Thursday, October 13, 2005

Away From Anna

This is the conclusion of something I started here and here.

It had been a month, and I was sure I could handle seeing her again. It wasn't like anything really happened anyway--I reasoned with myself. Then why did I have a churning ball of sour butter in my stomach?

It was simple really. She spent the night at my place because she and Clay had had a fight. Being the good friend I was, I took her in--but I didn't call Clay to tell him she was ok. He would have come to get her, and I didn't want that, did I?

I drove her home in the morning on my way to work, and hadn't seen her since. Standing outside her apartment now with my fist poised to knock, I froze in place. Like a sleepwalker who suddenly wakes, confused and wondering how the hell he got there, I backed up a few steps and sifted my fingers through my hair. Whatever I had planned at that point was irrelevant, because the door opened as if I had knocked. Anna stood in the opening smiling sweetly.

"Scotty, it's so good to see you."

I looked down despite my will to meet her gaze. "Uh, how are you Anna?"

"I'm good. Please come in."

She backed away from the door and I walked by. "Where's Clay?" I asked with barely concealed panic.

"Oh, he won't be back for a while," she said, "He is getting some boxes for the move."

"You're moving?!" I had no trouble looking at her now.

She smiled wanly. "We want to be near our family, and work here has almost dried up." Her gaze was intense, probing, expecting.

There was nothing I could say without saying what I wanted to say. I fumbled for the words, but all that came out was, "That's... uh..."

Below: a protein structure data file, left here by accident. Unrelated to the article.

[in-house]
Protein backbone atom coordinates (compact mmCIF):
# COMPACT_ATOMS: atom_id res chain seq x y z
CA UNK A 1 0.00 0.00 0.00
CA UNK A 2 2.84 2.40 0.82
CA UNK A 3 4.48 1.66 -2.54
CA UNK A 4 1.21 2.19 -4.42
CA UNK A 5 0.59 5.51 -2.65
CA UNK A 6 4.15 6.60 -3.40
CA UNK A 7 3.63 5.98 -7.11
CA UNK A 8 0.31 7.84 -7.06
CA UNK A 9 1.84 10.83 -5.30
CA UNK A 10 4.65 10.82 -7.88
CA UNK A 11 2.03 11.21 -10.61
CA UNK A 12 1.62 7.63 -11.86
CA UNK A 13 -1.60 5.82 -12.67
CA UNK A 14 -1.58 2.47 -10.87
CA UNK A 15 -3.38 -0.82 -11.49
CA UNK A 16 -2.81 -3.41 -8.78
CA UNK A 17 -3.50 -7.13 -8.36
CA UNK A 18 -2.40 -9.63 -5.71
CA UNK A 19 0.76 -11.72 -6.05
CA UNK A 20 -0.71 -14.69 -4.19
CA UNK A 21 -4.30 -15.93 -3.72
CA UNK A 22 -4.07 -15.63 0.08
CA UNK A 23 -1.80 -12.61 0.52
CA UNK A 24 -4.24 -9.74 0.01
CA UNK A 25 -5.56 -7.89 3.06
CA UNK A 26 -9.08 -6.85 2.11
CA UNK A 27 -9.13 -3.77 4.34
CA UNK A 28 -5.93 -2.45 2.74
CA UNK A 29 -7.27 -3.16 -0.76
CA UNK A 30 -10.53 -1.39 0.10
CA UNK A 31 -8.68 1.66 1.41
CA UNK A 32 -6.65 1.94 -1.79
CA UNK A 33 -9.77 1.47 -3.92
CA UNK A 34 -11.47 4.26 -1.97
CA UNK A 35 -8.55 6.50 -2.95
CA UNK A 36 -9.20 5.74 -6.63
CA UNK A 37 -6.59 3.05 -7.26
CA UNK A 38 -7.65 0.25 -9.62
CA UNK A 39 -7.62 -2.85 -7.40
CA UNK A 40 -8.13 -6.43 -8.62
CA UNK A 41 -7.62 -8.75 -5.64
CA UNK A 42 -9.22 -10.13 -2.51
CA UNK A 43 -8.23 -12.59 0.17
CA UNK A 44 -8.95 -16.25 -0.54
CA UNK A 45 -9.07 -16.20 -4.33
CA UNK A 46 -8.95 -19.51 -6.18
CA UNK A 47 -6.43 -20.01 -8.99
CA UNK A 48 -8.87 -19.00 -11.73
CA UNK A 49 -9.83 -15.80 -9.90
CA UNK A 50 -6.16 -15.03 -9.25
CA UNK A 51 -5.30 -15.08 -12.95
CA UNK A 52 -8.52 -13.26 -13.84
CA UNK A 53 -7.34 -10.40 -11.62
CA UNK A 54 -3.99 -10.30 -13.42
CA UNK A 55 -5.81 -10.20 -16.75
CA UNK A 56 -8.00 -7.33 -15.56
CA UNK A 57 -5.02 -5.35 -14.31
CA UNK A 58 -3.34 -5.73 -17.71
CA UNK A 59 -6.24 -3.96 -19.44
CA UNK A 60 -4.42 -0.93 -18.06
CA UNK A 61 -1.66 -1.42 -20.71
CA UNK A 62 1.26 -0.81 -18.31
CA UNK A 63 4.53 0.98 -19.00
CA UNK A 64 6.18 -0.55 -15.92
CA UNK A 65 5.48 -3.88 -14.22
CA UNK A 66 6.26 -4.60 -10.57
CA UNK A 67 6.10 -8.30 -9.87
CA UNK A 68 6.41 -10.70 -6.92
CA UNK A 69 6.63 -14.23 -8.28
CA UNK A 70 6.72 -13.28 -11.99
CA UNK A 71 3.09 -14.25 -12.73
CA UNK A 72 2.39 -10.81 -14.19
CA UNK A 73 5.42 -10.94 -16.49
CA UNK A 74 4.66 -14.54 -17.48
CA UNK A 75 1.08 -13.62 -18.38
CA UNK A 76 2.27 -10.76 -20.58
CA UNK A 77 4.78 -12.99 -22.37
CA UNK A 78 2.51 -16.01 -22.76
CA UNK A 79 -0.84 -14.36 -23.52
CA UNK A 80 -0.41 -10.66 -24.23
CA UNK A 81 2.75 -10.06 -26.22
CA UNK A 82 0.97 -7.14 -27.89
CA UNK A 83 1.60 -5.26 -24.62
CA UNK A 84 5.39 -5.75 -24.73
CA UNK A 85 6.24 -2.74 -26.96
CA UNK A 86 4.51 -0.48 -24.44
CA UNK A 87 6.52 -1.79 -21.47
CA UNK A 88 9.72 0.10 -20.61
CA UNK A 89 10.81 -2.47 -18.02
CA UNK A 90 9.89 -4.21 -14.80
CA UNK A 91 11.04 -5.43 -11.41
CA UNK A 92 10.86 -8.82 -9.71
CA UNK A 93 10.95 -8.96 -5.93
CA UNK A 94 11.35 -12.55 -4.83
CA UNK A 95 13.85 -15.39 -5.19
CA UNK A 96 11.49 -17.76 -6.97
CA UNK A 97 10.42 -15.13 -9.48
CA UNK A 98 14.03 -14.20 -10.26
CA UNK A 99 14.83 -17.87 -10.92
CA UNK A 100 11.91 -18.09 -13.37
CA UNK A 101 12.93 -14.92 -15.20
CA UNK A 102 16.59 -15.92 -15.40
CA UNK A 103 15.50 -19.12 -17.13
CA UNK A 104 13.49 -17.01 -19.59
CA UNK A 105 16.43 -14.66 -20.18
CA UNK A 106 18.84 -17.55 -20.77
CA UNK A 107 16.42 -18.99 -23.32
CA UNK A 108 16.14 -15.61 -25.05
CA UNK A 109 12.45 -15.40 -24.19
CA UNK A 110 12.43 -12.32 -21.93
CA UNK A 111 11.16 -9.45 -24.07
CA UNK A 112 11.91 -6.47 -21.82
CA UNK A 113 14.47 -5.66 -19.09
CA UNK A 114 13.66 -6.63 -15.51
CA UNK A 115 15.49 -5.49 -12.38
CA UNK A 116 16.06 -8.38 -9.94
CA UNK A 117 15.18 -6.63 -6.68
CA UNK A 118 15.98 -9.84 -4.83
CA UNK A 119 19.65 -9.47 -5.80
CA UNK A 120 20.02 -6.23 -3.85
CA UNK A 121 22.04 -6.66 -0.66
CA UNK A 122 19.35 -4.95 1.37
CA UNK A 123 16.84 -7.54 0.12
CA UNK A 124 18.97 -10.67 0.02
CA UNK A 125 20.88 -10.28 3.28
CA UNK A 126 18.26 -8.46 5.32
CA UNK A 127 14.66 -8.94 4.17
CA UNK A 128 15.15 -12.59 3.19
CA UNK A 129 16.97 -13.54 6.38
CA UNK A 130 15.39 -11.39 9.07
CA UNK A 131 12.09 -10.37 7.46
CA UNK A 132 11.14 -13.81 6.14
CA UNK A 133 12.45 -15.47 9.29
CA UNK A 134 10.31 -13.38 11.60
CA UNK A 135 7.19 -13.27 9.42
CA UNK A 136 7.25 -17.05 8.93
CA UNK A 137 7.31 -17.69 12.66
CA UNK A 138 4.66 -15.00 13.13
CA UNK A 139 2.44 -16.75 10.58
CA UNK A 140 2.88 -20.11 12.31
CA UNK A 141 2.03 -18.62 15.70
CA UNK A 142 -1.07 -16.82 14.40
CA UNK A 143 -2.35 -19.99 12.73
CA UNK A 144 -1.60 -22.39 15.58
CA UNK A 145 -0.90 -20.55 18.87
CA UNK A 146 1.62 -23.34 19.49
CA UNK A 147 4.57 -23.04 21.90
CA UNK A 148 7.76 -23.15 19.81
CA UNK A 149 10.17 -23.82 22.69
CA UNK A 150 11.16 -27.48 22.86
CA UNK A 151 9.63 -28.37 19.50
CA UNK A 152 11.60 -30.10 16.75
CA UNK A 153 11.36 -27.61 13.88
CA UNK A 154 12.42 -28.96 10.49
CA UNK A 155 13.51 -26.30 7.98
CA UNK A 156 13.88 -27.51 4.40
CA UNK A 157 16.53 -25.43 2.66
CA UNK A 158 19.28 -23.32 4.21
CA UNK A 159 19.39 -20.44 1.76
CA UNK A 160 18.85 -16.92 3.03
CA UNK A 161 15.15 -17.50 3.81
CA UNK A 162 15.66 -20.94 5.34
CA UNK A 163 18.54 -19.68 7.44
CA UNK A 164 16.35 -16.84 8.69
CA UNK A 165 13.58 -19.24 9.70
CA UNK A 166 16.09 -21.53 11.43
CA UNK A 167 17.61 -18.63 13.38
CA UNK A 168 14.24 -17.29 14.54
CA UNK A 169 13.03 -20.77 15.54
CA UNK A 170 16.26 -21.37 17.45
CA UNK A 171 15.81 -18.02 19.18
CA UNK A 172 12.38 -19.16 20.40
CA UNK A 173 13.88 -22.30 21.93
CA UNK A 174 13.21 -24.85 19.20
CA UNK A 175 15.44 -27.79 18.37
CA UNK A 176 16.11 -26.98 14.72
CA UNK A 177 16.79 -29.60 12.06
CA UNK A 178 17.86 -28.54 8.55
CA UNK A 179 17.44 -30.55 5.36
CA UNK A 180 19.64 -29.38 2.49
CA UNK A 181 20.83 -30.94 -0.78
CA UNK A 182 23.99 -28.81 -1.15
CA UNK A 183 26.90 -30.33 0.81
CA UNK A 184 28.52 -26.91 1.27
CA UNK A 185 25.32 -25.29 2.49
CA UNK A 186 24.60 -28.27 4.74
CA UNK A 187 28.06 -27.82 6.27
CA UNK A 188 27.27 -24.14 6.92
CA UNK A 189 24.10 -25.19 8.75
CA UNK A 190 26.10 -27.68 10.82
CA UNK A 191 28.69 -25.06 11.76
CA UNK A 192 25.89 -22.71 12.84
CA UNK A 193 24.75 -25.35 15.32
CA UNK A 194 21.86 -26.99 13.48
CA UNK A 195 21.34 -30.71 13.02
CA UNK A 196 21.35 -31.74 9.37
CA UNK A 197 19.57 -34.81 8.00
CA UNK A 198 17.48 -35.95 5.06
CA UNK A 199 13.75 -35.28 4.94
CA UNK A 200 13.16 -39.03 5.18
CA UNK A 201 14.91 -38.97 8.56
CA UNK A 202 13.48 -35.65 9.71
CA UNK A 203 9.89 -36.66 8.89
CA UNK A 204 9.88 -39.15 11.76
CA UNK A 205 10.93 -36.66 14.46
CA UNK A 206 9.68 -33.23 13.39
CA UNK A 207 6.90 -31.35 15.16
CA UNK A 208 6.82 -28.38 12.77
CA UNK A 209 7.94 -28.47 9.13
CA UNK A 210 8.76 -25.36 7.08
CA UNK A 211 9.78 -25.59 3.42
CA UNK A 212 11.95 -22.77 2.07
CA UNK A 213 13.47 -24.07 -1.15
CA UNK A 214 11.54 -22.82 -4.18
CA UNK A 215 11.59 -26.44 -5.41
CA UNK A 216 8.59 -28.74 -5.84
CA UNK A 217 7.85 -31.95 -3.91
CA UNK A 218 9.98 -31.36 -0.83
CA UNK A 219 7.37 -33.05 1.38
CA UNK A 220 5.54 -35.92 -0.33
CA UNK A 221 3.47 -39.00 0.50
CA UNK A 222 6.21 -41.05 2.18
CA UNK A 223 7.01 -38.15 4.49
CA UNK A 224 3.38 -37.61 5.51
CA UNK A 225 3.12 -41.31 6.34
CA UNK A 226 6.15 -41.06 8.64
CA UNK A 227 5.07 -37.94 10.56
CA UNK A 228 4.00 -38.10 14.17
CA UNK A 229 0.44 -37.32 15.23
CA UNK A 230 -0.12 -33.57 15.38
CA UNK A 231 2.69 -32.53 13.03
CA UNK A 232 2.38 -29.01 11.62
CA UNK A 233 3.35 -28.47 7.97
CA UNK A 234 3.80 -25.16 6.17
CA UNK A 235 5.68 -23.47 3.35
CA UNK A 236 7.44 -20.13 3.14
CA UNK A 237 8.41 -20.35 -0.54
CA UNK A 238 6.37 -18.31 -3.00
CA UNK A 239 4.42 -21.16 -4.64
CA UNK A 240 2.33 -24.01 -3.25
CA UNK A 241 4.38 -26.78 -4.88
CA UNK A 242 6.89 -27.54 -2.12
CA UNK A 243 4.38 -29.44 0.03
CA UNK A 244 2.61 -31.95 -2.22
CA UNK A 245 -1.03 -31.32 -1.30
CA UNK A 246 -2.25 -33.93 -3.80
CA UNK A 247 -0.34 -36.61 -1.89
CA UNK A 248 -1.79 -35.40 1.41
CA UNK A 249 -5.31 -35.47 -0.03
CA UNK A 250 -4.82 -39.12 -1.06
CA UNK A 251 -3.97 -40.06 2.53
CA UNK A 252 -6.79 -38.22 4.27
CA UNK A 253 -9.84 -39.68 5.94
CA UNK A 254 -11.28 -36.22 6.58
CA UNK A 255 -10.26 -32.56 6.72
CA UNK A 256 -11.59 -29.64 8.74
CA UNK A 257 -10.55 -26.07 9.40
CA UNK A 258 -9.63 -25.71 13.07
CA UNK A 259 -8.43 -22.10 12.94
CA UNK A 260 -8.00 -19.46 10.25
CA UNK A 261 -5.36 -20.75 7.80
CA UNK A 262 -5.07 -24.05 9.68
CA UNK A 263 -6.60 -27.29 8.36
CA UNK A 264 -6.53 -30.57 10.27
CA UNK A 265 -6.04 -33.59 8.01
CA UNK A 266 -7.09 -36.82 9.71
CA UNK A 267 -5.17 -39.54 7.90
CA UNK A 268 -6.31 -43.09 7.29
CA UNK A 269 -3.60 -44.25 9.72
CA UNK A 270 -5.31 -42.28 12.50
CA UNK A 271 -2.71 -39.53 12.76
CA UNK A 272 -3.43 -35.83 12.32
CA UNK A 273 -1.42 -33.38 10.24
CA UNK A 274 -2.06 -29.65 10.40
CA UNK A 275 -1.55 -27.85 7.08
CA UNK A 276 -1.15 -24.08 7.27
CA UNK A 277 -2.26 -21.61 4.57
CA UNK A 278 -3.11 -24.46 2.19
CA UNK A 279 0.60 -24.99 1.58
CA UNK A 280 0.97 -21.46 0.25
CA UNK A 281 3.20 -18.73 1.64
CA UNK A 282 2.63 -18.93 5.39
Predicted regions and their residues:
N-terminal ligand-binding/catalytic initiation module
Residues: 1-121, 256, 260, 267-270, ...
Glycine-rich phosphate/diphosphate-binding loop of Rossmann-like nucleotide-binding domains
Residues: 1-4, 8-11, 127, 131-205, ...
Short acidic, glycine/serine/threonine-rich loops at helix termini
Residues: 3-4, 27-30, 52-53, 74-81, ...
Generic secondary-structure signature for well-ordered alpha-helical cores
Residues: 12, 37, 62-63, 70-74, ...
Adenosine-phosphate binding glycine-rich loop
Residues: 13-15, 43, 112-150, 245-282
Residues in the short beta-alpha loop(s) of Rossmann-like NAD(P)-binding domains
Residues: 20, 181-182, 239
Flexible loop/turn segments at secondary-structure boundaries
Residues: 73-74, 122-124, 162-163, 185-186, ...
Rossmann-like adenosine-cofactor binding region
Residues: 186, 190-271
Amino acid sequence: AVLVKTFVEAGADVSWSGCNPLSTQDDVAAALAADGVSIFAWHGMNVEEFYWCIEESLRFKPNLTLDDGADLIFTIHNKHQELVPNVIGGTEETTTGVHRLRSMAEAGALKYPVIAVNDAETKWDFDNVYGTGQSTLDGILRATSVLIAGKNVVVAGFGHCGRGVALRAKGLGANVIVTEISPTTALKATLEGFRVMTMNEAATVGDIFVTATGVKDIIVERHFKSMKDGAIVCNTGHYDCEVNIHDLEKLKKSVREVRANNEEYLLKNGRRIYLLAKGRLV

She smiled then, and I knew she understood.

"So," I said, "tell Clay I stopped by, ok?"

"Ok."

I started towards the door when, in a small voice like an innocent child, she said to my back, "Can I at least get a hug?"

I stopped and turned around. I saw her again as I saw her that night, wearing only panties and my t-shirt. Her voice echoed in my memory, tempting and darkly seductive, "I could sleep with you if I wanted, couldn't I?" Again I felt the shame of knowing she was right, and the simultaneous relief and agony that she didn't press me further.

As we hugged tightly, she whispered in my ear, "I love you Scotty."

We pulled apart and I said with all sincerity, "I love you too." I walked out of the room and into my car, away from Clay, away from Anna.

I haven't seen either since.

18 comments:

Sadie Lou said...

That was heavy.
Do you have any regrets?

Scott said...

I did the right thing--so no I don't have any regrets.

Mrs.T said...

Thats a tough spot to be in...

I'm glad for you that you did the right thing.

Tee said...

I feel so sad when I think of people I won't see again.

mr. schprock said...

I'm with Sadie Lou — that was heavy. Sometime it would be nice to get a little more background on this, although I can extrapolate a lot from this.

Scott said...

Thanks Mrs T.

Tee - Me too, all the time.

Mr. Schprock - I think you were not around at the time, maybe you were on vacation. This actually has two preceding parts. I'll update the post to indicate so.

Chloe said...